• Michelle Lieu

The Hidden Dangers of Using a Laptop

The use of laptop computers has been increasingly popular due to the portability and convenience for work, study and home use.


But at what cost does this convenience come at?


Studies conducted in American colleges found that 67% of participants have experience pain in their upper limbs as a result of computer use, with another study showing 47% of laptop users experiencing pain or symptoms in their arms.


Symptoms can include:

  • Pain

  • Numbness

  • Tingling

Why does this happen?


As with any activity, repetitive or prolonged postures can lead to localised stiffness and tightness, so it’s no surprise that working on a laptop for hours on end can lead to pain and discomfort.


Commonly adopted laptop positions


1. Using a laptop while sitting on a chair with a back rest; without use of table

2. Using a laptop at a desk while sitting on a chair with a back rest

3. Using a laptop while sitting against a wall


We're all guilty of using our laptops in one or more of the above positions, but what risks do they pose?


Let's take a closer look...


1. Using a laptop while sitting on a chair with a back rest; without use of a table

  • Neck pain from looking down

  • Tight/rounded shoulders

  • Eye strain from small and far screen

  • Wrist stiffness from sustained position

  • Curved upper back posture

  • Calf tension from supporting the laptop


2. Using a laptop at a desk while sitting on a chair with a back rest

  • Eye strain from poor screen position

  • Neck pain from looking downwards

  • Wrist pain from sustained position

  • Pressure directly over carpal tunnel

3. Using a laptop while sitting against a wall

  • Low back pain from sitting position

  • Numbness in legs and feet

  • Neck pain from looking down

  • Rounded shoulders

  • Eye strain from small/far screen


How can you reduce your injury risk while using a laptop?

Position 2 poses the lowest risk of developing pain in various parts of your body however there are still things you can improve on.


Have a look at the picture below and see if you can improve the ergonomic set up for position two.


*hint: there are at least 4 crucial things you need to change*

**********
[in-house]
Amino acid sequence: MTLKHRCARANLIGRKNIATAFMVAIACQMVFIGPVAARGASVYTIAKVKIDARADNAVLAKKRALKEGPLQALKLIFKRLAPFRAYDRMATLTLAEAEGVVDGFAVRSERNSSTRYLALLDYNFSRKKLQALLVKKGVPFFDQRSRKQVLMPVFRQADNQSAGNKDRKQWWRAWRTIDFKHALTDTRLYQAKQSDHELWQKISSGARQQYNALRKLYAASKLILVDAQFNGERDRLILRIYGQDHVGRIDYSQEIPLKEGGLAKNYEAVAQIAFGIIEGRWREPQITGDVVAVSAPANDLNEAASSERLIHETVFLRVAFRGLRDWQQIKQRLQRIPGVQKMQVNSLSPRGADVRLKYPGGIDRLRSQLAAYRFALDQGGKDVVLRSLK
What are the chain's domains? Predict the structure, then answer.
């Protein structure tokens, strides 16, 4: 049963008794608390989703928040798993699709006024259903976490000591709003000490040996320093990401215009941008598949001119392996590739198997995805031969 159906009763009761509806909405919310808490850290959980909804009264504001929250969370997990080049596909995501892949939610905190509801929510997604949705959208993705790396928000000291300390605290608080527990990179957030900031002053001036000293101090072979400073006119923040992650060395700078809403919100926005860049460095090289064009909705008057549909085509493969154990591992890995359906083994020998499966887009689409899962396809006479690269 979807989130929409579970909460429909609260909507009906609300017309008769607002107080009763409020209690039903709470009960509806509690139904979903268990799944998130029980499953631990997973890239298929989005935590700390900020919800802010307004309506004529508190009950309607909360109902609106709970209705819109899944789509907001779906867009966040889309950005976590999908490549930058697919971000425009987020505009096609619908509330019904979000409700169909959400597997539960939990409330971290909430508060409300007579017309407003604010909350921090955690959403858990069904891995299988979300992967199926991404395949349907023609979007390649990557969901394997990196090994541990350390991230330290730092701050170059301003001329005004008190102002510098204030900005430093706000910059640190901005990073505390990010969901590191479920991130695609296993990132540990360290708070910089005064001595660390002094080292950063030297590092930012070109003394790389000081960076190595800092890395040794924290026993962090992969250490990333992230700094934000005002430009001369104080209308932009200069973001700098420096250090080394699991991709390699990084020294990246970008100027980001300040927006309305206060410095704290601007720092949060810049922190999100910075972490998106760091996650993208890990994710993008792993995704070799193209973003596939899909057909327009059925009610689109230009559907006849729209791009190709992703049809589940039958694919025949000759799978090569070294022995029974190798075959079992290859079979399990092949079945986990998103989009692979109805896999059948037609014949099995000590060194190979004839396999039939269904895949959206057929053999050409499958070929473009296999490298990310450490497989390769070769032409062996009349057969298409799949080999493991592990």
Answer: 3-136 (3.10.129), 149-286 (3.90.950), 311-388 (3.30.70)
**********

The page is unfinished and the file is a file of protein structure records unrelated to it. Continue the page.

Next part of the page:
6 MUST-DO STRETCHES FOR THE LAPTOP USER


5-10 minutes worth of simple stretches every hour can make a significant impact on your overall well-being.


Here are six of the quickest and easiest stretches you can do to relieve your body of tension and stiffness.


1. Upper Trap Stretch

  • Place one hand behind your back

  • Pull that shoulder down

  • Tilt your head to the opposite side

  • Rotate your head towards the ceiling

  • Gently pull your head across for a deeper stretch

  • Hold for 20 seconds

2. Levator Scap Stretch

  • Place one hand behind your back

  • Tilt your head to the opposite side

  • Rotate your head towards your opposite armpit

  • Gently pull your head down for a deeper stretch

  • Hold for 20 seconds

3. Deep Neck Flexion

  • Gently glide your chin back (double chin)

  • Squeeze your shoulder blades together

  • Hold for 5-10 seconds

  • Repeat 5 times

4. Modified puppy pose

  • Stand facing a wall

  • Place the palms of your hands onto the wall with arms straight

  • Slightly bend your knees

  • Slowly push your hips back and your chest down

  • Take a couple of deep breaths in this position

  • Hold for 20 seconds

5. Thoracic Extension Stretch

  • Interlace your fingers

  • Raise your hands above your head

  • Push your palms up towards the ceiling

  • Take a deep breath in and arch backwards

  • Hold for 10 seconds

  • Relax and repeat 5 times


6. Wrist Extension/Flexion Stretch

  • Have one arm straight out in front of you with the palm up

  • Use your opposite hand to gently pull your fingers back and down

  • Hold for 20 seconds

  • Repeat with your palm down

  • Hold for 20 seconds


Please remember...



Most injuries occur due to repetitive activities which can gradually develop into painful conditions such as tendinitis.


Lack of healthy joint/muscle flexibility and muscle strength is a key component of tissue overload injuries.


The above advice and exercises are general in nature. If your symptoms persist, please speak to your physiotherapist as soon as possible.


When was the last time you had a musculoskeletal checkup?


It is easier and more cost effective to prevent an injury compared with trying to recover from an injury.


Most people visit their doctor and dentist 2-4x per year for a checkup. Seeing your physiotherapist should be no different.

If you need guidance and want to learn strategies for preventing tissue overload injuries, please book an appointment today